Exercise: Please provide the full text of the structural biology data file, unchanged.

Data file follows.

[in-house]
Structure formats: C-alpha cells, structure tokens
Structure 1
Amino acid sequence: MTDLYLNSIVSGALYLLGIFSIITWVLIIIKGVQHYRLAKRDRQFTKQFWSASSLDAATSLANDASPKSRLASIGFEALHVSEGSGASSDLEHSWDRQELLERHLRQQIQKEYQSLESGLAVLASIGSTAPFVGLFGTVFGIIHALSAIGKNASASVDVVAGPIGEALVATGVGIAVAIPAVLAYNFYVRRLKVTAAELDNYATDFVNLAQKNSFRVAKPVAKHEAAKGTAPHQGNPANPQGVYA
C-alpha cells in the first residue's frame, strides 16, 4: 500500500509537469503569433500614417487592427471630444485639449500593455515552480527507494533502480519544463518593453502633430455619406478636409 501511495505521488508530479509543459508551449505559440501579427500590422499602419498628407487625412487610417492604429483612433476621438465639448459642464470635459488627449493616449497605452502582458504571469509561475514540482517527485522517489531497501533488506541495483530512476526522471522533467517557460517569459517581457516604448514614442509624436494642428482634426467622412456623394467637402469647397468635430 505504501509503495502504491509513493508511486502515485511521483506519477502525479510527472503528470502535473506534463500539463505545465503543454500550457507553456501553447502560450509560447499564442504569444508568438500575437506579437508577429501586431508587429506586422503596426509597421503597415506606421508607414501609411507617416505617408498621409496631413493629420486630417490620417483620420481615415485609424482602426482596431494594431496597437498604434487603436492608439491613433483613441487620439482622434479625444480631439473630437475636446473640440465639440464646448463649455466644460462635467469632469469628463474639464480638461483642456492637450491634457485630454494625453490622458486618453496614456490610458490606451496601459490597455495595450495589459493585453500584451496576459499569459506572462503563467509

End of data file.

[in-house]
Structure formats: C-alpha cells, structure tokens
Structure 1
Amino acid sequence: MTDLYLNSIVSGALYLLGIFSIITWVLIIIKGVQHYRLAKRDRQFTKQFWSASSLDAATSLANDASPKSRLASIGFEALHVSEGSGASSDLEHSWDRQELLERHLRQQIQKEYQSLESGLAVLASIGSTAPFVGLFGTVFGIIHALSAIGKNASASVDVVAGPIGEALVATGVGIAVAIPAVLAYNFYVRRLKVTAAELDNYATDFVNLAQKNSFRVAKPVAKHEAAKGTAPHQGNPANPQGVYA
C-alpha cells in the first residue's frame, strides 16, 4: 500500500509537469503569433500614417487592427471630444485639449500593455515552480527507494533502480519544463518593453502633430455619406478636409 501511495505521488508530479509543459508551449505559440501579427500590422499602419498628407487625412487610417492604429483612433476621438465639448459642464470635459488627449493616449497605452502582458504571469509561475514540482517527485522517489531497501533488506541495483530512476526522471522533467517557460517569459517581457516604448514614442509624436494642428482634426467622412456623394467637402469647397468635430 505504501509503495502504491509513493508511486502515485511521483506519477502525479510527472503528470502535473506534463500539463505545465503543454500550457507553456501553447502560450509560447499564442504569444508568438500575437506579437508577429501586431508587429506586422503596426509597421503597415506606421508607414501609411507617416505617408498621409496631413493629420486630417490620417483620420481615415485609424482602426482596431494594431496597437498604434487603436492608439491613433483613441487620439482622434479625444480631439473630437475636446473640440465639440464646448463649455466644460462635467469632469469628463474639464480638461483642456492637450491634457485630454494625453490622458486618453496614456490610458490606451496601459490597455495595450495589459493585453500584451496576459499569459506572462503563467509